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Topic : 04/01 The Superbug

Number of Replies: 539
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Created on : Friday, February 29, 2008, 01:21:15 pm
Author : DrPhilBoard1
Could a grave danger be lurking in your home? If you believe the headlines, you know that catching the Superbug can have deadly consequences, but should you be concerned? How can you spot the danger, and what can you do to stay safe? Dr. Phil gets to the bottom of these questions and others. Melissa's son, Mark, was just 13 when he went to the hospital and wound up with MRSA, also known as the Superbug. Learn about Melissa’s tragic loss and why she thinks her son’s death could have been prevented. Then, 19-year-old Stephanie has been battling the Superbug for almost a year. Get a firsthand account of her experience with the disease, and find out what advice her doctor gave her that has Dr. Phil shocked and concerned. Even doctors aren’t immune to the Superbug. Dr. Drew O’Neal had an accident while on vacation, and what happened next changed his life forever. He shares his valuable insights as both doctor and patient. Plus, two years ago, Glen was your average sophomore playing on his high school football team -- until he contracted the Superbug right from the team’s locker room. Find out what important lessons he learned that could help protect you and your children from the disease. And renowned pediatrician Dr. Jim Sears weighs in with the latest information and shows off products to keep on hand that could save your life. Join the discussion.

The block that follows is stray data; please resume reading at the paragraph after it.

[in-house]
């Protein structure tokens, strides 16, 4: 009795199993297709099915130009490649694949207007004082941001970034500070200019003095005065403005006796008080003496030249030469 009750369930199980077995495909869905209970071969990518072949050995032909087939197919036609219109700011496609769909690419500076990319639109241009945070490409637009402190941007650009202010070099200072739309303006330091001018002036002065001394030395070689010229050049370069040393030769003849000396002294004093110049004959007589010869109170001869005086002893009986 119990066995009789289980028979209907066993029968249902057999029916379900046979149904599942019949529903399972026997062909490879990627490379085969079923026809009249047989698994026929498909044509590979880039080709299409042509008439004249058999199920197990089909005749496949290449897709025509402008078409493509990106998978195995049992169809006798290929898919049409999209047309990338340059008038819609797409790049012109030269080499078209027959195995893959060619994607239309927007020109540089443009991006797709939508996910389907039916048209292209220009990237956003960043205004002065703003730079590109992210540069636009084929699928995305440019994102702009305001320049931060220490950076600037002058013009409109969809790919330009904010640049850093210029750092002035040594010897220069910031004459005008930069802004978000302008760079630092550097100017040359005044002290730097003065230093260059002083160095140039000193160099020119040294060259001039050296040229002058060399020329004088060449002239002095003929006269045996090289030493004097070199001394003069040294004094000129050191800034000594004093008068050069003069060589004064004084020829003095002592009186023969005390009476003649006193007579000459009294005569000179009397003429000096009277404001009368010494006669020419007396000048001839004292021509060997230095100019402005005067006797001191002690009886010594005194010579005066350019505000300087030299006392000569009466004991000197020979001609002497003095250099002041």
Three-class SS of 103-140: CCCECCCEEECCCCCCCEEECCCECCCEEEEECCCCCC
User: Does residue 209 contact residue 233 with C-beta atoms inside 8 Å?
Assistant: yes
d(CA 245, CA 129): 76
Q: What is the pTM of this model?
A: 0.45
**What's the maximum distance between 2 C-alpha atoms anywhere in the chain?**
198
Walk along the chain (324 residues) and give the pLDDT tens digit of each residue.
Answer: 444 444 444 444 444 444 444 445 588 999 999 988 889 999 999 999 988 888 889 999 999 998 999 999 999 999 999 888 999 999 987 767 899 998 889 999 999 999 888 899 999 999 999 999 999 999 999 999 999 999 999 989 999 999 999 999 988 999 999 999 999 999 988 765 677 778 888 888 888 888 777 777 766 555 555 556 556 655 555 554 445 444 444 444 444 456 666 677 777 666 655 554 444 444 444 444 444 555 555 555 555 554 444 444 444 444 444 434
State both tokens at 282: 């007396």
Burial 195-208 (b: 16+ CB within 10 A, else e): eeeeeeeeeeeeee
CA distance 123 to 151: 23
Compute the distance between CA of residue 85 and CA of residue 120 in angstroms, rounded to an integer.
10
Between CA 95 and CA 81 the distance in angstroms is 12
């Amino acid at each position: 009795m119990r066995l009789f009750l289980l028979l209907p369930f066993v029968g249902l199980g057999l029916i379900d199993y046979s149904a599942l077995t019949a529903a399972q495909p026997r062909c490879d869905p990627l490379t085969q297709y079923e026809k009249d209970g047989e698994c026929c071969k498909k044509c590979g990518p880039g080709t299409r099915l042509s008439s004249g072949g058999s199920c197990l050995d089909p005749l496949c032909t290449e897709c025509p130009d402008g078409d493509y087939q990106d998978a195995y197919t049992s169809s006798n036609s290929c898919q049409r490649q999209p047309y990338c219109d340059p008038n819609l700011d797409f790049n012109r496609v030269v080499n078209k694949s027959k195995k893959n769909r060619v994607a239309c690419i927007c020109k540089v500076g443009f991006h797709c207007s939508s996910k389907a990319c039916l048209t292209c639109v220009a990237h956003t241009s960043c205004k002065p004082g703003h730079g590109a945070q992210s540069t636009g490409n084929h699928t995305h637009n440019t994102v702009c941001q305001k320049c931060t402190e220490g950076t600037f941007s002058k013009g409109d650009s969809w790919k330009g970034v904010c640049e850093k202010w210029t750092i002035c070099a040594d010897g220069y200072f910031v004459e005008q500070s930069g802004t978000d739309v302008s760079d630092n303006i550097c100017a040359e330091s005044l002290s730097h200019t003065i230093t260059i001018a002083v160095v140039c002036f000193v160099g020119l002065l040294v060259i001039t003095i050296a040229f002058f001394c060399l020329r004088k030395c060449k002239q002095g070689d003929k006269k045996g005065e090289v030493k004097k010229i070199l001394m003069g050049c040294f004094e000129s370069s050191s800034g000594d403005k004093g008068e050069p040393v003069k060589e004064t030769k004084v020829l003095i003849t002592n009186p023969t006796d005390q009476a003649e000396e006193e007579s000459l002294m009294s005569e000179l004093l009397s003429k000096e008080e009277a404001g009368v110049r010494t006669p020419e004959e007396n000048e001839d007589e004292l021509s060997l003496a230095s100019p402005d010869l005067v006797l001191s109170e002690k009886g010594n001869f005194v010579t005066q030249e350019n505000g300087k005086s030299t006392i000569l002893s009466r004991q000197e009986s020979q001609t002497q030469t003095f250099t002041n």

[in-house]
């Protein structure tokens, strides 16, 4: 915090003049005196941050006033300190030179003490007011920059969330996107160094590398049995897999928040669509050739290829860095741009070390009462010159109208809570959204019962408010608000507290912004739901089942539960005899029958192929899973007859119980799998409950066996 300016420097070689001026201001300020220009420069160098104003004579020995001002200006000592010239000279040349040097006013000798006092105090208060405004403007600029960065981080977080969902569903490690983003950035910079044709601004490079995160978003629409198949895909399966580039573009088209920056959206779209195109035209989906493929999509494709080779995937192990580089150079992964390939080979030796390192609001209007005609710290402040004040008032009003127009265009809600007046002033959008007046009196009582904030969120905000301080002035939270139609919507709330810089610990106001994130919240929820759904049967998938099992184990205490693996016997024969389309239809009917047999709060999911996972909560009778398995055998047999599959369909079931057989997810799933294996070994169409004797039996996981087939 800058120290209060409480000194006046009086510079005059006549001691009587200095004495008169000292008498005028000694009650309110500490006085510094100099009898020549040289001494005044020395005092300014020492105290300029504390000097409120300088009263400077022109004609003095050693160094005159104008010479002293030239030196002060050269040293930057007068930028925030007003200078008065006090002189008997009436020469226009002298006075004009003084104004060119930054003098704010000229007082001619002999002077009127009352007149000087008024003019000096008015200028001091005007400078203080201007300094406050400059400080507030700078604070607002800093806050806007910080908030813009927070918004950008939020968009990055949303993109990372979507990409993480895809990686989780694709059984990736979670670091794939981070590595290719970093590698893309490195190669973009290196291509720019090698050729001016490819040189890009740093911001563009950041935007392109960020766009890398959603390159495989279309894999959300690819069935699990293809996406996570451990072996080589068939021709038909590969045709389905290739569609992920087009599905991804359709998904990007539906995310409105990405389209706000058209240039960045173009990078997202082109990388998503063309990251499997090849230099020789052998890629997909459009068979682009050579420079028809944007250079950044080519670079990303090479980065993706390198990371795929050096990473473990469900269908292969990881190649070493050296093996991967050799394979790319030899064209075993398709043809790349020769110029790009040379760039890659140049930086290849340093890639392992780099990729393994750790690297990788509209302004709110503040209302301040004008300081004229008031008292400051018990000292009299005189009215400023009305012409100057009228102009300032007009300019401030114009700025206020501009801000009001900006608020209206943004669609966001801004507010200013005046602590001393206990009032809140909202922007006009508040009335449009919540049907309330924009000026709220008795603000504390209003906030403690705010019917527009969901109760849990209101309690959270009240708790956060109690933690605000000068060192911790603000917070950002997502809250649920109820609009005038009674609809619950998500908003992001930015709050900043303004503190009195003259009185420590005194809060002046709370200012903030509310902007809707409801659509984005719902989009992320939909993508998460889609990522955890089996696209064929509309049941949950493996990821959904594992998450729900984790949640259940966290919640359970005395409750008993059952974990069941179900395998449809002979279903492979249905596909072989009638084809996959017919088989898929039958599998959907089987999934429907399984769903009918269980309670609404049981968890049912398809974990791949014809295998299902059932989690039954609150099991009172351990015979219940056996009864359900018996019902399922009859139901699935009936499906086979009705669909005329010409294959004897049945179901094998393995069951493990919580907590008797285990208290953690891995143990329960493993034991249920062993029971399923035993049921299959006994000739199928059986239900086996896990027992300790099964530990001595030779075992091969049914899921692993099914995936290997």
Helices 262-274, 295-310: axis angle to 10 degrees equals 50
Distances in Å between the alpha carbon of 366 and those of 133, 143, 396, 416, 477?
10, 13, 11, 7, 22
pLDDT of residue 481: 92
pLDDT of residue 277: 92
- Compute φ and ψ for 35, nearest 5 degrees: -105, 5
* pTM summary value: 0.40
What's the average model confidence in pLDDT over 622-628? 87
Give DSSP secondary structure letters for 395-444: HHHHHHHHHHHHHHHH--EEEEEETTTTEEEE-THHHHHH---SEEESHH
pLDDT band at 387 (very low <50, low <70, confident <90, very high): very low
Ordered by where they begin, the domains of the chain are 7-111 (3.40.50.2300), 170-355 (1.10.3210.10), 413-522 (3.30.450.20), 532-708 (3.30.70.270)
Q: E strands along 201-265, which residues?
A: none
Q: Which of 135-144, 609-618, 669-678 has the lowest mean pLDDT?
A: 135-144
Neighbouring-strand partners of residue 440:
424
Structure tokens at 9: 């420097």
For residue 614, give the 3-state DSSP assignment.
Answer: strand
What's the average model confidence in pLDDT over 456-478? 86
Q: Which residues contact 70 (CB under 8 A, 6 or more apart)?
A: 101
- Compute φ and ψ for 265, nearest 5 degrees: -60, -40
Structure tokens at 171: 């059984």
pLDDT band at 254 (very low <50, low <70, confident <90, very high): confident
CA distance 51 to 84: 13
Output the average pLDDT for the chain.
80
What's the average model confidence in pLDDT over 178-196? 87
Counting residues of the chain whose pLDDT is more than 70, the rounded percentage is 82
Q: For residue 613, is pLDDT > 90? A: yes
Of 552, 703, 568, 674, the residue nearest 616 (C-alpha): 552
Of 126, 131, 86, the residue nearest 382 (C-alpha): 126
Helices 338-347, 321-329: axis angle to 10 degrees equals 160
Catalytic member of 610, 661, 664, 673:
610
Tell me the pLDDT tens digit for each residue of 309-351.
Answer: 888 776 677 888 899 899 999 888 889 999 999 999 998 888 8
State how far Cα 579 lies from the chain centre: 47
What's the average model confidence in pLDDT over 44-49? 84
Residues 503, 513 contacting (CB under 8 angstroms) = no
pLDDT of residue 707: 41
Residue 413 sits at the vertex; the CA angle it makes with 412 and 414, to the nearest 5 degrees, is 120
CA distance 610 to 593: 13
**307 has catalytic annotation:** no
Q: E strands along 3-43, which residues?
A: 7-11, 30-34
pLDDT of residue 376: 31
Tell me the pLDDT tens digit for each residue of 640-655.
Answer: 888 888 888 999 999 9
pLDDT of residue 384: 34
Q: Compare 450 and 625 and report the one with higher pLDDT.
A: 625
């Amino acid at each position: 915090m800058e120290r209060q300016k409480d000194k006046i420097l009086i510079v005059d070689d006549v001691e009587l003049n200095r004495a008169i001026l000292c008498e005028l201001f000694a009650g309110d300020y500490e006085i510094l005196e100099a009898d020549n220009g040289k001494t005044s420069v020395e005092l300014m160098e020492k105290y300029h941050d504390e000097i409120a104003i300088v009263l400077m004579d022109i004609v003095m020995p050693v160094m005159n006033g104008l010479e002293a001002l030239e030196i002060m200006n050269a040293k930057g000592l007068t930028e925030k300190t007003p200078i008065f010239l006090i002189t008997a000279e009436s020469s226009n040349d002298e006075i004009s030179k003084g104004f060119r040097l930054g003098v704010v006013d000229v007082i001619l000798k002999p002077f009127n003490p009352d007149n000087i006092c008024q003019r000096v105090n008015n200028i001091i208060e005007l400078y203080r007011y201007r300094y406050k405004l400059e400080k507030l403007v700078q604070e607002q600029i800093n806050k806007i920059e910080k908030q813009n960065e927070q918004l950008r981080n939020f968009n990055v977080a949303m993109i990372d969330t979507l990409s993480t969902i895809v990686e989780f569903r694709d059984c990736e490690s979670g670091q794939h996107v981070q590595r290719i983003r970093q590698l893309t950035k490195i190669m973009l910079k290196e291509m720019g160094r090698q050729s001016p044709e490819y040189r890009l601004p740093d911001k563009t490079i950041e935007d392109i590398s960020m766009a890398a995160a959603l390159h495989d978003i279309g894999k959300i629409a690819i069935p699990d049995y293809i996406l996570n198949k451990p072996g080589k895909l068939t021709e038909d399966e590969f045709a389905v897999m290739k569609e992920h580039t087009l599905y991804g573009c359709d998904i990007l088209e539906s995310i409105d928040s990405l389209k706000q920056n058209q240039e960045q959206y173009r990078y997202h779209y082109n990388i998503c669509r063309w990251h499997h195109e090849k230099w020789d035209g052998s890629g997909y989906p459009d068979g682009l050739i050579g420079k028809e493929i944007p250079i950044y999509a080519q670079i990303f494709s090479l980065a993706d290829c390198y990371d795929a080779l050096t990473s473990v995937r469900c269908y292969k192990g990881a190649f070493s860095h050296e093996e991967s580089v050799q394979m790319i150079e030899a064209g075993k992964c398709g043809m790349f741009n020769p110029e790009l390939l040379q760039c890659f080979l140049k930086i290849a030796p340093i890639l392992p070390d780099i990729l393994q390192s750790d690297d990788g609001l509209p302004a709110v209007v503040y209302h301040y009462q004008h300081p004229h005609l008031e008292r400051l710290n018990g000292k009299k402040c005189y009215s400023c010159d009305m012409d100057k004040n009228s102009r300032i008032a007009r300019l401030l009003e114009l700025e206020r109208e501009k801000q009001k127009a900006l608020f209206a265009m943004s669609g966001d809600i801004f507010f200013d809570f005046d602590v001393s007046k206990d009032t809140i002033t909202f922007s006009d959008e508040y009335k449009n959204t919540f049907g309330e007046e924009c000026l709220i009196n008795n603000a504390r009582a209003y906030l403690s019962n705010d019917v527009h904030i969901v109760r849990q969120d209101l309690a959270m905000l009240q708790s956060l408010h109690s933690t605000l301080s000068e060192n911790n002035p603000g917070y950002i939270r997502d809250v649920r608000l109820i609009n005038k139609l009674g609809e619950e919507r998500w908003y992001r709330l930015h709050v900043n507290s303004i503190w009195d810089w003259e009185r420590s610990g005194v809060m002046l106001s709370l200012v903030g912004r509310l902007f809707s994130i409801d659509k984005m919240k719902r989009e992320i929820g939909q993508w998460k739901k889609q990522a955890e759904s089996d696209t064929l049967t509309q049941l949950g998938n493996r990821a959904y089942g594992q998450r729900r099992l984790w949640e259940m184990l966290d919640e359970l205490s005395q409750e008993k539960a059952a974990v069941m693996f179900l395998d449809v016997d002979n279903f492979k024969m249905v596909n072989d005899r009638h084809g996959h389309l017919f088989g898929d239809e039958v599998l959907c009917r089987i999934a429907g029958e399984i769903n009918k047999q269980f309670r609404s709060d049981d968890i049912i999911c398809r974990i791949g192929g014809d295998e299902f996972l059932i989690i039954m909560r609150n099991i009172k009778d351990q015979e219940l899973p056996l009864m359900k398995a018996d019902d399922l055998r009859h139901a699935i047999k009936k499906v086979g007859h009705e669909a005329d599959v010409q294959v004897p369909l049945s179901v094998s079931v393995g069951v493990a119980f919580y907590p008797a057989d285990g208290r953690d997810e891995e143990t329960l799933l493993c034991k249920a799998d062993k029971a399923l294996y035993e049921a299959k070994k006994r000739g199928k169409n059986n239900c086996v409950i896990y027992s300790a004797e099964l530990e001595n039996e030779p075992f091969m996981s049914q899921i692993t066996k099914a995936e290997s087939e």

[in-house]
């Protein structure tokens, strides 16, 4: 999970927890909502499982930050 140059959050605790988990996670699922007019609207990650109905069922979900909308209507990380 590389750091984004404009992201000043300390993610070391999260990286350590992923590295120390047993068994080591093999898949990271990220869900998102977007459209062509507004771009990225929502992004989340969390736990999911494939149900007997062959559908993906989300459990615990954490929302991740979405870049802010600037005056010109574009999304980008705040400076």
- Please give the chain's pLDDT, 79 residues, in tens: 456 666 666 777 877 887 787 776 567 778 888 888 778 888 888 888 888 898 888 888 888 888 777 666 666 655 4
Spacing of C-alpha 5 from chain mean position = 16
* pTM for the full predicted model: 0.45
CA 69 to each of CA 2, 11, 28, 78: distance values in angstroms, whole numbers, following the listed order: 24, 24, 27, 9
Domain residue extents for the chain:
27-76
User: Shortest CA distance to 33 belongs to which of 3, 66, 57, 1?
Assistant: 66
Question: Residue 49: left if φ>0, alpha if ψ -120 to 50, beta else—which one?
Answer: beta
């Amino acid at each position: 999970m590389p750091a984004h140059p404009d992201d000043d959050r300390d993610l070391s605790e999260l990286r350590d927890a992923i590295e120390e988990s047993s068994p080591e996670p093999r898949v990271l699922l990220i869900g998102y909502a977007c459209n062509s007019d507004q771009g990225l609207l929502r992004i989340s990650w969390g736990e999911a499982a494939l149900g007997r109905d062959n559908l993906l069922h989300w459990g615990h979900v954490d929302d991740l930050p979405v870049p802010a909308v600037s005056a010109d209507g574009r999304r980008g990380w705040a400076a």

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February 29, 2008, 2:16 pm CST

MRSA...

 

Methicillin Resistant Staph Aureus (MRSA) is fairly common in hospitals now and a small percentage (about 8% I believe) of hospital workers are colonized with it.  There are other variants of resistant bacteria such as Vancomycin Resistant Enterococcus (VRE) and Vancomycin Resistant Staph Aureus (VRSA). Resistance is an inevitable result of developing and using antibiotics.